Supreme Court Rejects Foreign Corporation’s Appeal of Mueller Subpoena
Robert Mueller’s investigation may be over, but the cases he set in motion will continue for some time.
On Monday, the U.S. Supreme Court rejected an appeal from a corporation owned by an unidentified foreign government that has refused to turn over documents demanded by the special counsel’s office.
The corporation has asked the justices to review a ruling by a lower court holding it in contempt for ignoring the grand jury subpoena. It argued that it is immune from lawsuits under the federal Foreign Sovereign Immunities Act and because doing so would cause it to violate the laws of its own country.
The D.C. Circuit had previously rejected that argument.
The corporation is currently being fined $50,000 a day for not complying with the grand jury subpoena. The fines have been accruing since Jan. 15.
Although Mueller turned his final report over to Attorney General William Barr on Friday, the status of the grand jury is unknown.
As is their custom, the justices did not explain why they rejected the appeal.
Peter Carr, a spokesman for Mueller’s office, said Monday that the matter was being handed off to federal prosecutors in the District of Columbia.
In The News
WASHINGTON (AP) — In agreeing to hear a potentially groundbreaking abortion case, the Supreme Court has energized activists on both sides of the long-running debate who are now girding to make abortion access a major issue in next year's midterm elections. For many evangelicals, the case... Read More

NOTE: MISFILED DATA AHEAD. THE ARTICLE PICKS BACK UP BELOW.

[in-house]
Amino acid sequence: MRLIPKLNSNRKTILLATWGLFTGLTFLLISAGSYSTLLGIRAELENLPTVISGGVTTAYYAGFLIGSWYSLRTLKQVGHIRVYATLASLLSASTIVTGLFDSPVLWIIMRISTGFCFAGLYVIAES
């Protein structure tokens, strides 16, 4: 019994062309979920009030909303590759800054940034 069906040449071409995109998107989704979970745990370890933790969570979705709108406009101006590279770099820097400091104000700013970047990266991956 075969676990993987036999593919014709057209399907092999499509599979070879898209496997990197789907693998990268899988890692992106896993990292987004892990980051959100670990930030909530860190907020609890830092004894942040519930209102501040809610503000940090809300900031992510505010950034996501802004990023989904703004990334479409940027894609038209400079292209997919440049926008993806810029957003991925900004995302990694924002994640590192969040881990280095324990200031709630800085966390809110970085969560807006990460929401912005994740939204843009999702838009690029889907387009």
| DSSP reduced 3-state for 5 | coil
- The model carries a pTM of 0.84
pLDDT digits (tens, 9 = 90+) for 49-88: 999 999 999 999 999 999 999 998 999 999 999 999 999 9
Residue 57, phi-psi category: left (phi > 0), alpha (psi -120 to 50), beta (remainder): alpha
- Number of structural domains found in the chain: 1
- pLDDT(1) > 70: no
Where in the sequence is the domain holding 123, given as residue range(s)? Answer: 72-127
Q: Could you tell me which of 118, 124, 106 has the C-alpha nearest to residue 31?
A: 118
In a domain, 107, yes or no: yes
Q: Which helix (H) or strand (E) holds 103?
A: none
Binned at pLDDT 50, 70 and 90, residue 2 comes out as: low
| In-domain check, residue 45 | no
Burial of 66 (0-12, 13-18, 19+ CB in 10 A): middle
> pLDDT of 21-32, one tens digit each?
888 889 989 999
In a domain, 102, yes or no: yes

WASHINGTON (AP) — Robert Collier says that during the seven years he worked as an operating room aide at Parkland Memorial Hospital in Dallas, white nurses called him and other Black employees "boy." Management ignored two large swastikas painted on a storage room wall. And for... Read More
(This is the fourth and final part of a four-part series. The first three parts can be read here, here and here.) The First Amendment Prevails The Supreme Court’s decision in the Pentagon Papers case, officially, New York Times Co. v. United States, affirmed historical precedents... Read More
(This is the second part of a four-part series. The first installment can be read here.) To Publish or Not to Publish Upon his return to Washington, Sheehan and an editor booked a room at the Jefferson Hotel, where they spent weeks reading and summarizing the... Read More
The battle was joined on a Monday night. It was shortly after 7 p.m. on June 14, 1971, when a seething President Richard Nixon telephoned his attorney general, John Mitchell, and told him it was time to make the administration’s position clear to The New York... Read More
WASHINGTON -- A California law that requires nonprofit organizations to disclose their donors met with skepticism among most of the U.S. Supreme Court’s justices during a hearing Monday. The law is opposed by coalitions of nonprofit organizations that say the disclosures could dry up their contributions... Read More